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near the boiling springs. The only Indians met on this part of the route are the diggers, and they do not possess the power to do much harm, if they even were hostile; but they are friendly. The want of water is the principal annoyance.

Passing over the desolate valleys and hills that border Mary's River, the trail descends into a large circular basin, in which a place for encamping is found, but with little water. From this basin, it crosses some considerable elevations and then a totally barren plain ten miles wide. Beyond this, water and grass of tolerable quality are soon found; and there, if possible, a supply should be obtained sufficient to last for a long day's journey. Rounding the base of a mountain, the trail takes a south-west course, across a totally barren plain. No sign of the river, or the existence of any water is exhibited. Near the southern edge of the plain, which is twenty miles in extent, some pools of standing water are found, and the place is known as the "Sink of Mary's River." From these pools to the Truckee, or Salmon Trout River, the distance is forty-five miles. The trail is followed over the hills of ashy earth, in which the mules often sink to their bellies, and over a ground destitute of any vegetation, except occasional clumps of wild sage. A ridge of mountains is then ascended by an easy inclined plain, and a view of the distant range of Sierra Nevada is obtained on reaching the summit. The intervening valley presents as barren a prospect as the country immediately preceding it. Descending into it, numerous boiling springs are found, which often serve to delude the thirsty emigrants. But by damming up the streams which flow from them, the water may be cooled, and, although impregnated with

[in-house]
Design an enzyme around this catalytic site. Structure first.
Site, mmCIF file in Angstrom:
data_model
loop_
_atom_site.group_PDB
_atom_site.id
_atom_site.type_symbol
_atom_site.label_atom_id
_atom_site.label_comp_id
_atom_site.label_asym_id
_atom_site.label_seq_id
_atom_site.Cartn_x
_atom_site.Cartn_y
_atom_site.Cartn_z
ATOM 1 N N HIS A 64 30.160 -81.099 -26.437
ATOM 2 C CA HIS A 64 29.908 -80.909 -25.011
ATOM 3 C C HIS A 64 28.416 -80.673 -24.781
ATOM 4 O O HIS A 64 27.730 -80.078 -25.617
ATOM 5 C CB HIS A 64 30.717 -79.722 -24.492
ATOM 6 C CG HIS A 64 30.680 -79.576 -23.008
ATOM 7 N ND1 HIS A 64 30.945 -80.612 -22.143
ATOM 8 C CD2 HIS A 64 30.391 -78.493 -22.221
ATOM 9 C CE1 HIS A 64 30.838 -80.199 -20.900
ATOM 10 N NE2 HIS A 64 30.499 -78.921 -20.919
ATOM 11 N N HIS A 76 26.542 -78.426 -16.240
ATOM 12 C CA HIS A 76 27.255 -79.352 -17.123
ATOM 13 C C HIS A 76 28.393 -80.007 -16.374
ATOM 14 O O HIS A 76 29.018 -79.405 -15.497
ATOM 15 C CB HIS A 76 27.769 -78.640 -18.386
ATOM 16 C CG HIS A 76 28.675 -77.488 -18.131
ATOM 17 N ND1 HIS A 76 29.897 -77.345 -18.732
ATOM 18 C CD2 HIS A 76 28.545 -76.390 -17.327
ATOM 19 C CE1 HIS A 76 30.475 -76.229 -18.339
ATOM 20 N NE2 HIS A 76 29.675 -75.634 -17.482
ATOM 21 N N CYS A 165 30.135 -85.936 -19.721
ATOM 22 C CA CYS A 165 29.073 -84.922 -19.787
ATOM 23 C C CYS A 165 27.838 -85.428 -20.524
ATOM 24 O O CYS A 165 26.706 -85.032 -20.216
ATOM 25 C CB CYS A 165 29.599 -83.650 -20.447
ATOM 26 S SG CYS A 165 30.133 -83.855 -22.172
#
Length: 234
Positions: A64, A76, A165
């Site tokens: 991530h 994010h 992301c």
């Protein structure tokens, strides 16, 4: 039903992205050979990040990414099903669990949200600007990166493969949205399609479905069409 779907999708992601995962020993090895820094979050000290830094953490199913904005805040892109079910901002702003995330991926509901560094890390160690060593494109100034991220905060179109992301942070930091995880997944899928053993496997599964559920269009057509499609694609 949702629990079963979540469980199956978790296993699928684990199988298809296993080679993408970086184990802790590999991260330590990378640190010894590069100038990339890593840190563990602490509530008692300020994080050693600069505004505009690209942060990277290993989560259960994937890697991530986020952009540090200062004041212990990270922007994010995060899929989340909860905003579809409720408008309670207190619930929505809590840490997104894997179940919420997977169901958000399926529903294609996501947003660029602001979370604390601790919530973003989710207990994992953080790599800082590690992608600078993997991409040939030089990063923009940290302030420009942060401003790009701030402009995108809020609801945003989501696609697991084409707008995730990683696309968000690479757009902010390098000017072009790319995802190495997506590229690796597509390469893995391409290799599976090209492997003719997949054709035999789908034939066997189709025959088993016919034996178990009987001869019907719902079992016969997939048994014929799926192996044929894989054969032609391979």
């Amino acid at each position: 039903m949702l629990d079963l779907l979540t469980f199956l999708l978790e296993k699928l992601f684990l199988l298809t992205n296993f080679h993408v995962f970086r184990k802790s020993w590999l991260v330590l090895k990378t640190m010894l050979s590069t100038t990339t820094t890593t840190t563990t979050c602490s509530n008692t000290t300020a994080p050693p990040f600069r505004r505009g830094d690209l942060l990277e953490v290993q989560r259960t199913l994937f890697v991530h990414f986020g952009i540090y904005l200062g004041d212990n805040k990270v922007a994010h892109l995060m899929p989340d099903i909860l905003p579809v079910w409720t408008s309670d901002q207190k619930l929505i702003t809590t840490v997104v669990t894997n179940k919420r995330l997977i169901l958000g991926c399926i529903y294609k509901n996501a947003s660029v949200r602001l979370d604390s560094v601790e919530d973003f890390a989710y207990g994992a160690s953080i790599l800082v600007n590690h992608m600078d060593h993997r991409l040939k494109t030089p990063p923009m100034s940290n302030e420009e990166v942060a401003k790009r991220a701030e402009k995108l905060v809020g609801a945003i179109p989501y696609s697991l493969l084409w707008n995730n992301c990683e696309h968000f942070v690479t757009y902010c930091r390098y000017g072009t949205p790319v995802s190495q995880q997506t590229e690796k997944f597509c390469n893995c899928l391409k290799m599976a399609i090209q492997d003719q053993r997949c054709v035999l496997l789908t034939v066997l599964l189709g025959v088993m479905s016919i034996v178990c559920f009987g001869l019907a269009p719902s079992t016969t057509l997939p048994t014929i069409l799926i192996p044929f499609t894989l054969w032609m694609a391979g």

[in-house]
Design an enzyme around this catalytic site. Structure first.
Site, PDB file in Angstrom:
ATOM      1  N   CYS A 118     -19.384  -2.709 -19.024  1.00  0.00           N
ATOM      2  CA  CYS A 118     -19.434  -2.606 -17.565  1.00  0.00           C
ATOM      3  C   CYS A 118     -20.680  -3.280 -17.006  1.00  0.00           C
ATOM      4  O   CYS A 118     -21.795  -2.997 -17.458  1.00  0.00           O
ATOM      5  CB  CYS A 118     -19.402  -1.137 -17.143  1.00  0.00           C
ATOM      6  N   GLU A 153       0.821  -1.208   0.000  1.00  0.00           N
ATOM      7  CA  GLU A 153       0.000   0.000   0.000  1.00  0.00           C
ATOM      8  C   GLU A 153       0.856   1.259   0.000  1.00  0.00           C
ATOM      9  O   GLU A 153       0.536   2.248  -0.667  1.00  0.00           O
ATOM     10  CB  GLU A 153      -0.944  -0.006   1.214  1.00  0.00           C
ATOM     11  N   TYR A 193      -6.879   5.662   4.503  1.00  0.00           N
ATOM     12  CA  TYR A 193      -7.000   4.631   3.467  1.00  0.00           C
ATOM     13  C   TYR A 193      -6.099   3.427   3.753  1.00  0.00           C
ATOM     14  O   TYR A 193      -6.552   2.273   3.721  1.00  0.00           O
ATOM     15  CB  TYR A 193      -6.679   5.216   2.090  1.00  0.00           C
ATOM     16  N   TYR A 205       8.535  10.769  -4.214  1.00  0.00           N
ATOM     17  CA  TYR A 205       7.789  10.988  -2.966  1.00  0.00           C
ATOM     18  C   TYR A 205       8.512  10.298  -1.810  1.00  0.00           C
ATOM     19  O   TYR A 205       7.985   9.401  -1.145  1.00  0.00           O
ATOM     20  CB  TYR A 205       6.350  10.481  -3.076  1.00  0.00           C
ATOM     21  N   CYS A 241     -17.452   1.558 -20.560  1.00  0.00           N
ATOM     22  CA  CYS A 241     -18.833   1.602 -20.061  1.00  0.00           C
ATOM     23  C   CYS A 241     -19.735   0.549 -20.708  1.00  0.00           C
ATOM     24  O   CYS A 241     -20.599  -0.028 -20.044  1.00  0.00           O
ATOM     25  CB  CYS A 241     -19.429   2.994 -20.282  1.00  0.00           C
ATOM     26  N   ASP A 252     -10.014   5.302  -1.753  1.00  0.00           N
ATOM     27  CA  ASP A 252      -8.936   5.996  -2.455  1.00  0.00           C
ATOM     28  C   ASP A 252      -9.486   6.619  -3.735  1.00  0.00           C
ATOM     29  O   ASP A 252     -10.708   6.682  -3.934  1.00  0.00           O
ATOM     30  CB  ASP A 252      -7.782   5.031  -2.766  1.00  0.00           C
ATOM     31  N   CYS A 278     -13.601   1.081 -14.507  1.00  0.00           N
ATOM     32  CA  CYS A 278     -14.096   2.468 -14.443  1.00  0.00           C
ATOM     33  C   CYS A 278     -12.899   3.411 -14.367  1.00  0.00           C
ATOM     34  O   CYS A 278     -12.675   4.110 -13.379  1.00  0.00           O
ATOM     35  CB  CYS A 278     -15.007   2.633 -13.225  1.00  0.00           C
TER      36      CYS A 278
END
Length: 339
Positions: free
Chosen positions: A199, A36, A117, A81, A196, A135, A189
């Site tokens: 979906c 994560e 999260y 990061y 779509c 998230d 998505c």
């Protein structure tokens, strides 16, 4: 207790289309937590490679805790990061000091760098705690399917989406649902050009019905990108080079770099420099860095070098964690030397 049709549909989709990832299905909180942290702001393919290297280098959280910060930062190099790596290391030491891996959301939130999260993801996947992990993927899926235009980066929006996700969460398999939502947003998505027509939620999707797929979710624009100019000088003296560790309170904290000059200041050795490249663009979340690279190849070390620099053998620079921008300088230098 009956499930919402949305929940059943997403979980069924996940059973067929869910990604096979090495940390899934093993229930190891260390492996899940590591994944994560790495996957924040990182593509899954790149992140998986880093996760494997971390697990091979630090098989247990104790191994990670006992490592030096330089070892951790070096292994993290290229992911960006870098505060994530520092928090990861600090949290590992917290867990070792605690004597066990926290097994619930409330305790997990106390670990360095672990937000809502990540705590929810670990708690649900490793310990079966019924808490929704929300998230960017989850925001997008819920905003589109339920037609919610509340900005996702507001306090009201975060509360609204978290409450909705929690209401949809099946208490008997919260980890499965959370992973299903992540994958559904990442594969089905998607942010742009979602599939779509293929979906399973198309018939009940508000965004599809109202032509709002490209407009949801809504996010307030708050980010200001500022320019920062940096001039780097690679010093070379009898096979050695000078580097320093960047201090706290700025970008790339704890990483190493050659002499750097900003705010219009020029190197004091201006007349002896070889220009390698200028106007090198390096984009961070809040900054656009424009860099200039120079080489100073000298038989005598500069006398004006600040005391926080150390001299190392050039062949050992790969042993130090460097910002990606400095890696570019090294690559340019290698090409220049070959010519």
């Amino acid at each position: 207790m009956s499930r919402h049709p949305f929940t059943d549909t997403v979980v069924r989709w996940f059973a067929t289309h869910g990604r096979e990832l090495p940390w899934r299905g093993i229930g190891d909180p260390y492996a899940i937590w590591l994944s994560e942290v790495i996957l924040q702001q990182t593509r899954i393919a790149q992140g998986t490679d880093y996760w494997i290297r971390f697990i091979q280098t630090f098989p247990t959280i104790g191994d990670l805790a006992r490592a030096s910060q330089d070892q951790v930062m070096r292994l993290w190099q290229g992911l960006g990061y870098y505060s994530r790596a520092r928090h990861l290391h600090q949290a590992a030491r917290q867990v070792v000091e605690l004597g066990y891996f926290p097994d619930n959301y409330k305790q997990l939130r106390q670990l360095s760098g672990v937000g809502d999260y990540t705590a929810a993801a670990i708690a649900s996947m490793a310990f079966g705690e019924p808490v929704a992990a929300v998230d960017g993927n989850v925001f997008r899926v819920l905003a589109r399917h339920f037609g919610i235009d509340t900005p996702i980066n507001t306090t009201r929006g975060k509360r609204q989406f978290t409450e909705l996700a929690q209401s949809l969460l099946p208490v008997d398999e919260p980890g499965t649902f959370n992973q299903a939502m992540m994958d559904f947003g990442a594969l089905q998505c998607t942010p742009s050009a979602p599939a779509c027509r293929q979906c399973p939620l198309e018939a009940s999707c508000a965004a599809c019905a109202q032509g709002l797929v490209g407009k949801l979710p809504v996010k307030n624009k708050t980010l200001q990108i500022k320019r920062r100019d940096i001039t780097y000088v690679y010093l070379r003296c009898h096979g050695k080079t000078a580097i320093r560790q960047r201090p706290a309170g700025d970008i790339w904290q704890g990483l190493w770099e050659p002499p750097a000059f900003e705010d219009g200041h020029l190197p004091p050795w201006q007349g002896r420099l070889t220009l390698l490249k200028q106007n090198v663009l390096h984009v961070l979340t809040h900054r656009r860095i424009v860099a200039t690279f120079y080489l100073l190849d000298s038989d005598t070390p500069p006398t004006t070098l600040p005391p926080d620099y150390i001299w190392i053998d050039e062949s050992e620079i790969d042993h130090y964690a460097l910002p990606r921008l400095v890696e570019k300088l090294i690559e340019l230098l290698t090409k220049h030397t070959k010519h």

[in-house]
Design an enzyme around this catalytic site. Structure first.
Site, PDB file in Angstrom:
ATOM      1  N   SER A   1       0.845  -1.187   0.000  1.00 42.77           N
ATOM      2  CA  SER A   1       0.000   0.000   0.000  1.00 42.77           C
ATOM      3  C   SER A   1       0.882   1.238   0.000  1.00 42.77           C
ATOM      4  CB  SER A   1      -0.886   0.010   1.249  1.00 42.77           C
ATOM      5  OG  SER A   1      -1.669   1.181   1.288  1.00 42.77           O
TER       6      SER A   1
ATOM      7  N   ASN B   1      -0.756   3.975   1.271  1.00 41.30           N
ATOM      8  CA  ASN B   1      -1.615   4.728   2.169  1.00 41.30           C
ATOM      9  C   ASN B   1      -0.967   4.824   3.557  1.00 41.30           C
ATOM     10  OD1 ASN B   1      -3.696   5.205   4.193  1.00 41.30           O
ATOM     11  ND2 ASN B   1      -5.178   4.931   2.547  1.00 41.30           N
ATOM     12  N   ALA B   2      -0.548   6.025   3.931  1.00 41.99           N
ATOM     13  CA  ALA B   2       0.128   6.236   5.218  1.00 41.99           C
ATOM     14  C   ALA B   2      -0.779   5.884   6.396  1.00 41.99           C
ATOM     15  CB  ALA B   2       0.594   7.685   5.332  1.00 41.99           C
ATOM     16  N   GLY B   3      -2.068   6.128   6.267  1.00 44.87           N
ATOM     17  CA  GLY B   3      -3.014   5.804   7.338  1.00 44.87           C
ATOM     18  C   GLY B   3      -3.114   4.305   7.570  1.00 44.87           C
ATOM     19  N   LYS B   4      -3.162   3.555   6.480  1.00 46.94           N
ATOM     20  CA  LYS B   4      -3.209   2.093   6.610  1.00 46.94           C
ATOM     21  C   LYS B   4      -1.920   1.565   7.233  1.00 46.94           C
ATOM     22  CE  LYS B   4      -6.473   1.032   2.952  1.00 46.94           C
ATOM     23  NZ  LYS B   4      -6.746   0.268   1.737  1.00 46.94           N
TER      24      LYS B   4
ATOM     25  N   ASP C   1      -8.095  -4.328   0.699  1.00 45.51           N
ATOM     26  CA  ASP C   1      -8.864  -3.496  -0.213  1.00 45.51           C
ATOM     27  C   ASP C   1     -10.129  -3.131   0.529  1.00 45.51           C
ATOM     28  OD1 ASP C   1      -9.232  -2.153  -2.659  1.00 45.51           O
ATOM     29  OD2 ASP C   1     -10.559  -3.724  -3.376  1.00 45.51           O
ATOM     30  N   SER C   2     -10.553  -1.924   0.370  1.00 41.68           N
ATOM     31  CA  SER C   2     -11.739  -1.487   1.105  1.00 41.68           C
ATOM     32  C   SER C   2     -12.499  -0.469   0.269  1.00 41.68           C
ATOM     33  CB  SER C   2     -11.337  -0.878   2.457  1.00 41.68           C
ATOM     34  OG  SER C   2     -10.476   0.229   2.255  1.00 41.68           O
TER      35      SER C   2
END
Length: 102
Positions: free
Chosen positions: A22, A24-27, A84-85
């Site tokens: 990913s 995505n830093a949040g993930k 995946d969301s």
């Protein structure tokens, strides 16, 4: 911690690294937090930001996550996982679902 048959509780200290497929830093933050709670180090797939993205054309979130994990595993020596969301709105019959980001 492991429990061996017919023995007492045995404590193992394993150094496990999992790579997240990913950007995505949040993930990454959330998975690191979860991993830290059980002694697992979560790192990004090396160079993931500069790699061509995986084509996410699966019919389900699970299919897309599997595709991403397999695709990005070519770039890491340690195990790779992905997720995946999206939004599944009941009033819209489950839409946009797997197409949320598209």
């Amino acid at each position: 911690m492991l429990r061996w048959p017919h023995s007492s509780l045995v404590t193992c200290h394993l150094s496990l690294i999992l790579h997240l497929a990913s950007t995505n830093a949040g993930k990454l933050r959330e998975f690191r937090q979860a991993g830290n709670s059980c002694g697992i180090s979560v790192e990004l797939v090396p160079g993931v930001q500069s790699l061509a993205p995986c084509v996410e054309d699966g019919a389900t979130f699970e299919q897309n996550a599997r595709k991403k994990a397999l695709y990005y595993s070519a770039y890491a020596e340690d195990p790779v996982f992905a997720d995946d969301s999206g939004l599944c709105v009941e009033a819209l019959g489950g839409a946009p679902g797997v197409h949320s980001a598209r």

salt, sulphur, and magnesia, it may quench the thirst. The phenomenon of mirage is frequently presented to the view of the emigrants, and it very often assumes the appearance of things unknown to that desert region, such as lakes, cascades, and foaming and tumbling waters. About twelve miles from the springs, a ridge of sandy hills, running across the valley, is ascended, and then an elevated plain of about ten miles in extent is crossed by the trail. Over this plain the travelling is very laborious-the sand being very deep. But at length the Truckee River is reached, and water, grass and trees, larger than any upon the former part of the route for five hundred miles preceding, greet the wearied and thirsty emigrant.

The Truckee River is about fifty feet in breadth with a shallow but rapid current of clear water. The bottom land is exceedingly fertile, and game is sometimes to be obtained in its neighborhood. The trail crosses the Truckee very frequently, in its winding course, but the country being agreeable, this is not considered toilsome by the emigrant, after traversing the barren plains in the vicinity of Mary's River. The course of the Truckee is nearly from the south-west to the north-east, and in some places it passes between very high mountains, affording scarcely room for travellers to pass. Sometimes the trail is followed through fertile valleys and then over barren hills and rocky passes till the summit of a gap in the mountains is reached, and a pleasant valley opens to the view, offering a fine place for encampment. The trail then turns to the left, and proceeds in a southerly direction, crossing the Truckee several times, until the Truckee Lake breaks upon the view. This small

sheet of water is surrounded by lofty mountains, except upon the side where its outlet flows from it. The trail strikes the shore of the lake at its eastern end, and continues around its. north-eastern side over a very difficult, boggy road. Having reached the upper end of the lakes, the trail leaves the shore on the right hand, ascends over some rocky hills, and, crossing some deep ravines and swampy ground, arrives at the base of the crest of the Sierra Nevada. Then comes the ascent of the steep pass-a work of difficulty and danger. The mules are compelled to leap from crag to crag, and, when heavily laden, are often precipitated backward in climbing the almost perpendicular rocks.